This “portrait of Brazil” was originally published in 1929 and, to the surprise of the author went through several editions in the next few years. Paulo Prado was not a historian by profession. He was the scion of one of São Paulo’s most influential and wealthy families who for most of his life gave his first attention to the family coffee business. He was also an active and sympathetic patron of Brazilian artists and writers.
The Retrato, the author says, is only an attempt to sketch a panoramic view of the settlement and evolution of Brazil. In it Prado develops his thesis: first, that the earliest Europeans to seek Brazil, coming from a Europe where the Renaissance had broken down the narrow confines of medieval thought and finding a land that promised every luxury—riches, naked and voluptuous Indian women, a climate that favored an easy-going life—bequeathed to their descendants a cupidity and sensuality that has since dominated Brazilian life; and second, that these traits were compounded by the social effects of African slavery. These factors produced the melancholy that is so marked a trait of the Brazilian and also the romanticism that held such sway in Brazilian thought, polities, and letters in the nineteenth century.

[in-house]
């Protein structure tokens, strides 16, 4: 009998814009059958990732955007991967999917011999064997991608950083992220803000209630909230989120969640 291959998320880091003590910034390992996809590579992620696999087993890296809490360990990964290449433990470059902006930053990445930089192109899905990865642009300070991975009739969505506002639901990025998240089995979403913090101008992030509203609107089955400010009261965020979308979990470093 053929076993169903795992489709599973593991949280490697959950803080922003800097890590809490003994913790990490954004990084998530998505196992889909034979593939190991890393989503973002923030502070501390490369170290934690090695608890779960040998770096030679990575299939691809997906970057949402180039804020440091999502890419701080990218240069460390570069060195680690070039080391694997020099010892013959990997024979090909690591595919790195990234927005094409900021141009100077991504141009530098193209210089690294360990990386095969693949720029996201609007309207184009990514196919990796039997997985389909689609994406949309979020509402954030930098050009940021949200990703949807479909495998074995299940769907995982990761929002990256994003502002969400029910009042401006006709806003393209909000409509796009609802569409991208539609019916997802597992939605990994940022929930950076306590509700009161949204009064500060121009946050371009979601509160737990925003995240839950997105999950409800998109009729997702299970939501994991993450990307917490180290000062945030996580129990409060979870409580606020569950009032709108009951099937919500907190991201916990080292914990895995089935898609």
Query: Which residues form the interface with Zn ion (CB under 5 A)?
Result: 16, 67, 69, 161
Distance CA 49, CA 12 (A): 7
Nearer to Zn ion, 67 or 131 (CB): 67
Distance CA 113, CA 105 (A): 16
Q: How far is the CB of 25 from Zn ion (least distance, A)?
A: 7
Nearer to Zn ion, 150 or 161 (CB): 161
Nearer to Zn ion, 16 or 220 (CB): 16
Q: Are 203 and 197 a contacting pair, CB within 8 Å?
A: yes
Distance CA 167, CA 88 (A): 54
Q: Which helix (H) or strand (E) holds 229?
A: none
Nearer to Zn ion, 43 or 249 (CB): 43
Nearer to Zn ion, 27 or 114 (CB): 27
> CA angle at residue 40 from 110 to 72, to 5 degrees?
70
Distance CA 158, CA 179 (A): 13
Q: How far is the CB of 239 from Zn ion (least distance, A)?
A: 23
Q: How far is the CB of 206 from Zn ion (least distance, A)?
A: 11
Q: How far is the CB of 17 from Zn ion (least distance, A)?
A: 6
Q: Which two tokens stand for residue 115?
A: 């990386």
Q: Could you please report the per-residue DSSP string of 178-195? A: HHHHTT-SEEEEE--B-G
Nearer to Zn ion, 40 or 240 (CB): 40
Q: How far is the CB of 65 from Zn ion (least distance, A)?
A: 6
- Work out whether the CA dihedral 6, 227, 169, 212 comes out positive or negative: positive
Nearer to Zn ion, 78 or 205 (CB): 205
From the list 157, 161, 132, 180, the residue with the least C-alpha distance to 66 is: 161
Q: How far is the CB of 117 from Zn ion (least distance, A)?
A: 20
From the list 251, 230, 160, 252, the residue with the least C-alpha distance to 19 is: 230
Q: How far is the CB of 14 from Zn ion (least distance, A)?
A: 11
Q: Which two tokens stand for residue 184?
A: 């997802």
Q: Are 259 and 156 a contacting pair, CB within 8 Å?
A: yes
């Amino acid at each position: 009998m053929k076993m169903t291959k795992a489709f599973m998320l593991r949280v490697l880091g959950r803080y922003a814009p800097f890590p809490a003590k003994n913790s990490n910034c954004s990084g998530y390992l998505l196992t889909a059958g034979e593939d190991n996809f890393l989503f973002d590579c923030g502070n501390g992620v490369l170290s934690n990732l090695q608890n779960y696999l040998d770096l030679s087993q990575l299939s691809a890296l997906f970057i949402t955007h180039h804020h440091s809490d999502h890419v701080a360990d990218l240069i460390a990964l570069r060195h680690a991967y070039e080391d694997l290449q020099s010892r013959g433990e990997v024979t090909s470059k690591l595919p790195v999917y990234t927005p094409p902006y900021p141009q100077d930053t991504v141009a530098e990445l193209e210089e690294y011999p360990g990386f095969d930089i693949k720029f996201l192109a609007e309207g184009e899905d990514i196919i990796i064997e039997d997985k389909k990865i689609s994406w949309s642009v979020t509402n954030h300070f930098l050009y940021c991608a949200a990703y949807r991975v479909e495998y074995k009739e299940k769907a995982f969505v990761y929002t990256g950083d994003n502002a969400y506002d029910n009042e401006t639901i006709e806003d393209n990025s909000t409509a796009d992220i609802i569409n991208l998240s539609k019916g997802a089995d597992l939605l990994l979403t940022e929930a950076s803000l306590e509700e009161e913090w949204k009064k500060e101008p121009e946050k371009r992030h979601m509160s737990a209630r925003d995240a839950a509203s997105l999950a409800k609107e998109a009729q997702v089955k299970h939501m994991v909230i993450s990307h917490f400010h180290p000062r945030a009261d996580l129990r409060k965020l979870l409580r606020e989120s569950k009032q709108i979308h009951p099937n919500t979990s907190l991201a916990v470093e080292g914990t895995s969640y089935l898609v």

In 1928 these ideas were new and startling to many. Since then—and especially as the result of the work of such writers as Gilberto Freire—sociological speculation of this sort has become widely accepted. Nevertheless, the glimpse that Prado gives of Brazilian society over the centuries—drawn from wide reading and sympathetic insight—is a vivid and enduring contribution to Brazilian letters.